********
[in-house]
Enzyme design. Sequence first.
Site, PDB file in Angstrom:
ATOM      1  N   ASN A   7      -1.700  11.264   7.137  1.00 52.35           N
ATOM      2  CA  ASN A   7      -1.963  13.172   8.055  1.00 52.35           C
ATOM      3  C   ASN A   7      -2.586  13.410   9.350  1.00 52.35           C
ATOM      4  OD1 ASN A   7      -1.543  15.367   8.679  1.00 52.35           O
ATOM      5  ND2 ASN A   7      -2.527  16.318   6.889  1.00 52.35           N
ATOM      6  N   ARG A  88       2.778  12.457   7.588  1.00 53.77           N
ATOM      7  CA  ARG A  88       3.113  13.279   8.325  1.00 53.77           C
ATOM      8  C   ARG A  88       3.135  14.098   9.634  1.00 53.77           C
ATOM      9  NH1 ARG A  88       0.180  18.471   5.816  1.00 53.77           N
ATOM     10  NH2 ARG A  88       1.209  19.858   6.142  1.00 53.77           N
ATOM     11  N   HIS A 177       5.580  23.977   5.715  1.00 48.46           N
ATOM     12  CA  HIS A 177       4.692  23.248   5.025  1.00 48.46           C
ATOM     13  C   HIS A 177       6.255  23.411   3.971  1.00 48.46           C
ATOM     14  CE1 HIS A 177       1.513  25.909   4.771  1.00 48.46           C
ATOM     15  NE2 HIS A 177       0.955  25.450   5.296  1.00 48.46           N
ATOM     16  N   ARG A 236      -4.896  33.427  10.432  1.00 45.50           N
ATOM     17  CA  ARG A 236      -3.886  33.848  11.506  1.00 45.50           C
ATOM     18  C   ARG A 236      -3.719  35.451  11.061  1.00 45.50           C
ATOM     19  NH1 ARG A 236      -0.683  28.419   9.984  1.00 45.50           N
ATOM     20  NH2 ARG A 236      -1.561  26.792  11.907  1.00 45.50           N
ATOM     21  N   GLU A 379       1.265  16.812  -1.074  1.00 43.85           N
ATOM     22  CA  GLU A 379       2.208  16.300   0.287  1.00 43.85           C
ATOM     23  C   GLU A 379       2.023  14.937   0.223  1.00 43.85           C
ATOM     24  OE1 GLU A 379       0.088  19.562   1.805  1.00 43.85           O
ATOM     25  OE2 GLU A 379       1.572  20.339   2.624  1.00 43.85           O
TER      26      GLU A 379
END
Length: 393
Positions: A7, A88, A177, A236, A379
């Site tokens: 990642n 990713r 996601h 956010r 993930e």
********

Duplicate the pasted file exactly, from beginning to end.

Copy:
[in-house]
Enzyme design. Sequence first.
Site, PDB file in Angstrom:
ATOM      1  N   ASN A   7      -1.700  11.264   7.137  1.00 52.35           N
ATOM      2  CA  ASN A   7      -1.963  13.172   8.055  1.00 52.35           C
ATOM      3  C   ASN A   7      -2.586  13.410   9.350  1.00 52.35           C
ATOM      4  OD1 ASN A   7      -1.543  15.367   8.679  1.00 52.35           O
ATOM      5  ND2 ASN A   7      -2.527  16.318   6.889  1.00 52.35           N
ATOM      6  N   ARG A  88       2.778  12.457   7.588  1.00 53.77           N
ATOM      7  CA  ARG A  88       3.113  13.279   8.325  1.00 53.77           C
ATOM      8  C   ARG A  88       3.135  14.098   9.634  1.00 53.77           C
ATOM      9  NH1 ARG A  88       0.180  18.471   5.816  1.00 53.77           N
ATOM     10  NH2 ARG A  88       1.209  19.858   6.142  1.00 53.77           N
ATOM     11  N   HIS A 177       5.580  23.977   5.715  1.00 48.46           N
ATOM     12  CA  HIS A 177       4.692  23.248   5.025  1.00 48.46           C
ATOM     13  C   HIS A 177       6.255  23.411   3.971  1.00 48.46           C
ATOM     14  CE1 HIS A 177       1.513  25.909   4.771  1.00 48.46           C
ATOM     15  NE2 HIS A 177       0.955  25.450   5.296  1.00 48.46           N
ATOM     16  N   ARG A 236      -4.896  33.427  10.432  1.00 45.50           N
ATOM     17  CA  ARG A 236      -3.886  33.848  11.506  1.00 45.50           C
ATOM     18  C   ARG A 236      -3.719  35.451  11.061  1.00 45.50           C
ATOM     19  NH1 ARG A 236      -0.683  28.419   9.984  1.00 45.50           N
ATOM     20  NH2 ARG A 236      -1.561  26.792  11.907  1.00 45.50           N
ATOM     21  N   GLU A 379       1.265  16.812  -1.074  1.00 43.85           N
ATOM     22  CA  GLU A 379       2.208  16.300   0.287  1.00 43.85           C
ATOM     23  C   GLU A 379       2.023  14.937   0.223  1.00 43.85           C
ATOM     24  OE1 GLU A 379       0.088  19.562   1.805  1.00 43.85           O
ATOM     25  OE2 GLU A 379       1.572  20.339   2.624  1.00 43.85           O
TER      26      GLU A 379
END
Length: 393
Positions: A7, A88, A177, A236, A379
């Site tokens: 990642n 990713r 996601h 956010r 993930e």